A reader writes:
You're right, Andrew; saying that people who reject God's love live miserable lives is definitely going to piss off your atheist readers. I generally don't mind your religious posts, but it takes a special level of arrogance to say that people who don't believe in God occupy a living hell. If you want to say that my beliefs will have consequences after I'm dead, that's a theoretically debatable question. But to assert things about my internal mental state (along with an entire class of people) is just stupid.
This description of hell is applied to all of us, Christians and non-Christians alike. It is as much my hell as yours. Another writes:
I have PTSD. As chronic afflictions go, I've heard of many worse-seeming things. Yet I bet it gives a nice flavor of hell as must be imagined by many intellectual religious people.
Not the hackneyed and biblical licking of flames over a flesh that is made forever sensitive to the agony of burning by an unconditionally loving deity, but instead waves of overwhelming regret, disgust, revulsion, and horror targeted at my self and mapped onto every memory that is even remotely unpleasant. This is not the banal make-your-own-hell of mindless internet indulgence or money obsession. It is actual hellish hell, including weeping, wailing, pounding on the wall in despair, and sobbing in genuine fear, loathing, and self-hatred. It isn't all the time, but flashbacks certainly are unpleasant.
And just to think of the love of the god who, after purposefully putting me into the life that led to this situation, assigns to me this condition full time and forever on account of my being insufficiently appreciative. This is the love I am to be punished for rejecting? Your god can go to hell.
Few popular Christian writers have spent as much time engaging honestly with atheism, so I will take your comments about hell being the rejection of god as the good faith description of your spiritual reality that I know it is for you.
Throat-clearing out of the way, though, it is certainly not empirically true that there is anything remotely hellish about my life, and I have rejected your faith (having first been raised in it). Hell is a North Korean concentration camp, or a killing field in Northern Mexico, or perhaps my father's slow descent into paranoid dementia. It is not the life of a happy, middle-aged defense worker with a great wife and two earth-shatteringly beautiful little girls who happen to be frolicking in the bath before me as I thumb this note out to you.
This is where, for me, the claims of the faithful for empiricism run aground. It is empirically not hell, Andrew. Not for me or millions of people like me.
C'mon dude, I'm stuck working on Easter Sunday too, but please try a little harder to maintain some semblance of coherence in your public expressions of faith. One month it's impossible for you to not believe in God, the next it's all about "choice." And the tension between these positions isn't helped by your chalking up the vast quantity of human misery that actually makes life hell to "withdrawing from God's unaccountable, unconditional love" is just silly. People don't choose to be born poor, or hungry, or sick, or mentally ill, or into an abusive family, or to no family at all. None of that has anything to do with "withdrawing" from God's love. It's simply the nature of existence. (A nature which God, were he to exist, could change with the merest flicker of his omnipotent finger. The power of "choice" doesn't do away with theodicy any more than it accounts for children dying of cancer.)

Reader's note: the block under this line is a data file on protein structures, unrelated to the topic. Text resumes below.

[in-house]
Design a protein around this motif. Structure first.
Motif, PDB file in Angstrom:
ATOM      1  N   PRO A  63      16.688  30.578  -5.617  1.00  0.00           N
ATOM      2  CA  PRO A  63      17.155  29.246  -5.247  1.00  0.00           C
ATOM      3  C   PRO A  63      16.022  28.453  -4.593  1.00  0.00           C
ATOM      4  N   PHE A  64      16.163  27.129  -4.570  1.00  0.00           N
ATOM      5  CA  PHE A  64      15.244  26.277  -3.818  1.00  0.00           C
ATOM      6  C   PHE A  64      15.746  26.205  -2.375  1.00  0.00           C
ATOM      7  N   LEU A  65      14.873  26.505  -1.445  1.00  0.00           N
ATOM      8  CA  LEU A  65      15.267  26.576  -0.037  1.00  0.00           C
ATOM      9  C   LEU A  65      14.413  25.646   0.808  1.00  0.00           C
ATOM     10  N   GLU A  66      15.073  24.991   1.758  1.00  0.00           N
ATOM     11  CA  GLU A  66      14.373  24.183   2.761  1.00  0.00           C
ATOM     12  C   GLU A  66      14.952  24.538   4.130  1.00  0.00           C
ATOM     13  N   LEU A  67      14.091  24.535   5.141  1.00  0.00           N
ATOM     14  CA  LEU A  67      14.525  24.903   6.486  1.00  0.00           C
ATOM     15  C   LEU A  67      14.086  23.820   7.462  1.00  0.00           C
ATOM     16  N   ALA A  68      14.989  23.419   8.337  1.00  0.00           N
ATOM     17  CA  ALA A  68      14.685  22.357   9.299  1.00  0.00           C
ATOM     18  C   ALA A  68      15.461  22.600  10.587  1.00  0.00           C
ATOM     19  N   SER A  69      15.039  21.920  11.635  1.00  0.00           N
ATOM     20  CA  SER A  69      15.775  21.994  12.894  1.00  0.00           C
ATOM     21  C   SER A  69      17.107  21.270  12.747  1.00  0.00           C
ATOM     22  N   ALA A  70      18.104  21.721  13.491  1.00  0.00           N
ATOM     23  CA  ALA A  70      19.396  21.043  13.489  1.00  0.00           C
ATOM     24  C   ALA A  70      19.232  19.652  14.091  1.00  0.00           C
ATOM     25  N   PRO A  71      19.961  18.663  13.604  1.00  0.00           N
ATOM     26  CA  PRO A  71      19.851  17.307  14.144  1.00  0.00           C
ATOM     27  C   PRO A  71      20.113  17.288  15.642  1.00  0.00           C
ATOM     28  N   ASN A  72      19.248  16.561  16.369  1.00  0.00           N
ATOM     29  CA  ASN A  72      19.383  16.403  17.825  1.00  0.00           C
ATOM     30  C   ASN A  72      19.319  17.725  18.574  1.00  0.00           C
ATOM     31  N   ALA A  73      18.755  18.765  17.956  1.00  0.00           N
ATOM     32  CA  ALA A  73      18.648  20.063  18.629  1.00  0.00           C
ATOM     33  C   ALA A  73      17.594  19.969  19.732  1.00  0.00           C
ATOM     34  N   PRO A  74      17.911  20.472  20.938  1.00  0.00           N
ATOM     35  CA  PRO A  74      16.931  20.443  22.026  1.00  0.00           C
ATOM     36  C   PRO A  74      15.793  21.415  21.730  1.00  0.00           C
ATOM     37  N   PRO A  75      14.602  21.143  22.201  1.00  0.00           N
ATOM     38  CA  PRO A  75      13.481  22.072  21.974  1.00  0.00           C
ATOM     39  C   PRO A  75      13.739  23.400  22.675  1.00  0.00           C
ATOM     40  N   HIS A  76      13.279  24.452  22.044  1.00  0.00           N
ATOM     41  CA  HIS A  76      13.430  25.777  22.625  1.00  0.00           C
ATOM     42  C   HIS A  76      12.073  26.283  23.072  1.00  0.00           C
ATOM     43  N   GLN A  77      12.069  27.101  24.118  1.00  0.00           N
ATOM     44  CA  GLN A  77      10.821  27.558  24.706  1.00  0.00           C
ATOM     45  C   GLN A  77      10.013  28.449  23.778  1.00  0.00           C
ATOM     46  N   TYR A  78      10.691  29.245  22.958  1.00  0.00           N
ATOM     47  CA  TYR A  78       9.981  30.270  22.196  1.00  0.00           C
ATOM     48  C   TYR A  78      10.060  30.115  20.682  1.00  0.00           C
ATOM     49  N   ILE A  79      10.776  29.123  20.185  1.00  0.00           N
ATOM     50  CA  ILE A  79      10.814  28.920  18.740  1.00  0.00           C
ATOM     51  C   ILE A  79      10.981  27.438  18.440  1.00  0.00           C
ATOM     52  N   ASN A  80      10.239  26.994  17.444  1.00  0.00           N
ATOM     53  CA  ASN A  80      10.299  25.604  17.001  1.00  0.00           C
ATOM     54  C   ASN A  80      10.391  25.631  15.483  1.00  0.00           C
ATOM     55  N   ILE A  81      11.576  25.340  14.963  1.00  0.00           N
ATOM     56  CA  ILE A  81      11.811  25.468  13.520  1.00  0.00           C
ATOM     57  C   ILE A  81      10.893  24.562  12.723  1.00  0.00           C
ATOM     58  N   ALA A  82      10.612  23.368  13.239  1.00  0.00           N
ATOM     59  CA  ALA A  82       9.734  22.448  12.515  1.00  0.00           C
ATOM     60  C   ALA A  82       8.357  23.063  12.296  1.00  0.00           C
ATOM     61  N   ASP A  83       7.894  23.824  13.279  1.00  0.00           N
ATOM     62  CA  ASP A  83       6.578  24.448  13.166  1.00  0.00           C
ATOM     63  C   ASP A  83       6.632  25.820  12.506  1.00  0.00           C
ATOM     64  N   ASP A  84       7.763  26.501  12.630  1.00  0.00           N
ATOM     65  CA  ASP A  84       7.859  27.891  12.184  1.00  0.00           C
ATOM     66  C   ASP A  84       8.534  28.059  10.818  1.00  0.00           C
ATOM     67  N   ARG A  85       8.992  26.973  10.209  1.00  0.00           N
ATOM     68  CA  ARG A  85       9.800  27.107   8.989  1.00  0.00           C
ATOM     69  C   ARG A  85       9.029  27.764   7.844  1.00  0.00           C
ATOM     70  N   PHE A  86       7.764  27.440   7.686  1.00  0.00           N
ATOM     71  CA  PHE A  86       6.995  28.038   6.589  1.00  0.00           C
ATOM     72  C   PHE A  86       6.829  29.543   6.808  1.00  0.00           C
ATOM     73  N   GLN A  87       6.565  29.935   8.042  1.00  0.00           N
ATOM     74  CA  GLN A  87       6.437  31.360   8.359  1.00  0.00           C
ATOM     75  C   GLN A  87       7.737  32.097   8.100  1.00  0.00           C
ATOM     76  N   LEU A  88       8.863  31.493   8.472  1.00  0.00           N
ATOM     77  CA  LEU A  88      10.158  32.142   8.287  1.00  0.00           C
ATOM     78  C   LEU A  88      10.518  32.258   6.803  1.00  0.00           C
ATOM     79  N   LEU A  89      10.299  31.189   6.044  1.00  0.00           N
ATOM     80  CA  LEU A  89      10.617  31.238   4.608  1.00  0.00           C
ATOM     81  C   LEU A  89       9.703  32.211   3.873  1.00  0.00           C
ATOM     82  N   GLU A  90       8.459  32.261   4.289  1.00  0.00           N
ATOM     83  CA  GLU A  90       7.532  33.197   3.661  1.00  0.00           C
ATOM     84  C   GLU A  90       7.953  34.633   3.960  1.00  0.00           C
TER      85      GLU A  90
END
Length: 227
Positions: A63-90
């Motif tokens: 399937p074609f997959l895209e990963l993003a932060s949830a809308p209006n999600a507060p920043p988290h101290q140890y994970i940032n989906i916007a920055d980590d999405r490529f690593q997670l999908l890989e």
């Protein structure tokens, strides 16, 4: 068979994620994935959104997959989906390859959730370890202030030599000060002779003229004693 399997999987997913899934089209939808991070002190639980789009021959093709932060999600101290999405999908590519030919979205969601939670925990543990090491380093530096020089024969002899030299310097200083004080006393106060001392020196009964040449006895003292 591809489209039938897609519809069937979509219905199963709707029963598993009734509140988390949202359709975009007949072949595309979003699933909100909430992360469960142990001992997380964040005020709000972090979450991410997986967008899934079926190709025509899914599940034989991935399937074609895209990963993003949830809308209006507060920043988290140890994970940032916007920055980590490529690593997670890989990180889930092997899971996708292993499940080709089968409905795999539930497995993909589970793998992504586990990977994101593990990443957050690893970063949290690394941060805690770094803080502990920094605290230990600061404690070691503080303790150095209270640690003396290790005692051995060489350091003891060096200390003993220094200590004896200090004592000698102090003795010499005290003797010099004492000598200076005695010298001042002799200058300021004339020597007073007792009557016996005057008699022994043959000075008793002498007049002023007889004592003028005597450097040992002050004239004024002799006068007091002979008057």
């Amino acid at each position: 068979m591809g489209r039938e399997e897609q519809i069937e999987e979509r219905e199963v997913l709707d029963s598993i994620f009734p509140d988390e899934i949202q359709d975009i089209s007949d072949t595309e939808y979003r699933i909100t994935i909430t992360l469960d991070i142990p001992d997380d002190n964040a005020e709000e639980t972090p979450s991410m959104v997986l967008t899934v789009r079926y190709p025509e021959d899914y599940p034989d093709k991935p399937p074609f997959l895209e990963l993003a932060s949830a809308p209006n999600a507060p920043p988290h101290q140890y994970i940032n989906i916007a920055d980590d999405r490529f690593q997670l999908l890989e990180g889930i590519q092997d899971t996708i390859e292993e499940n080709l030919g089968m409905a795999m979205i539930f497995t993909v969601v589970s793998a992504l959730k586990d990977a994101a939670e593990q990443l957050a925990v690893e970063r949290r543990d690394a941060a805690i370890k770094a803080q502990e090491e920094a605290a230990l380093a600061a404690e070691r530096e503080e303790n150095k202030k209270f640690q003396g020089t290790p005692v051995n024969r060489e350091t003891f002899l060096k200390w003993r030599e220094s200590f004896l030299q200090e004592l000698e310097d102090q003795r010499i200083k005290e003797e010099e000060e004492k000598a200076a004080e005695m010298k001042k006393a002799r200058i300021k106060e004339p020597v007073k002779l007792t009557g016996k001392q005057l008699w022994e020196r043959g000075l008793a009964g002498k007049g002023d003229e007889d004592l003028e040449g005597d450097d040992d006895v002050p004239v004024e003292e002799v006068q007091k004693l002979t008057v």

Let me put it a different way: If I could believe in God, and a wonderful world of everlasting paradise in the afterlife, I would. I'd get to see my sister again (dead last year at 26), and my grandfather, and all the other people I know and love who will one day die. My brother would be there too, freed from his paranoid schizophrenia. I would never be parted from my wife, or my children. It would be awesome. Who wouldn't want that?
But I can't believe. So I don't. And "choice" has nothing to do with it.
I suspect that most Christians' belief in salvation does not go beyond a vague idea of not actually dying and instead moving on to a perfect eternal existence, whatever that may turn out to be, so, as you say, we can "…remain ourselves forever." A more focused consideration, however, immediately runs into the dissonance between "perfect eternal" and "ourselves forever." If God did turn out to be the ultimate cognitive behavioral therapist and freed us from our personal demons, would that not equate to a everlasting lobotomy? I, for one, wouldn't expect to recognize myself, and if I did I wouldn't know what to do with myself … forever.
On the other hand, being the who who I know forever is, on due consideration, a reasonable description of hell. My life is not hell currently, but living it in what amounts to an eternal loop would qualify, with or without the demons. The only alternative is some state of eternal, unmodulated bliss and, hey, that would be down-right Buddhist.
You write, "Because in Christianity, unlike Buddhism, we remain ourselves for ever." And as a Buddhist, I would say that is your fundamental mistake, the basic misperception of reality that, in fact, constitutes the fallen state. Remain ourselves for ever? In what meaningful way are you the same "you" that you were when you were 20? When you were 10? When you were born? Aren't you, in fact, simply imputing a "self" onto a continual stream of ever-changing consciousness and experience?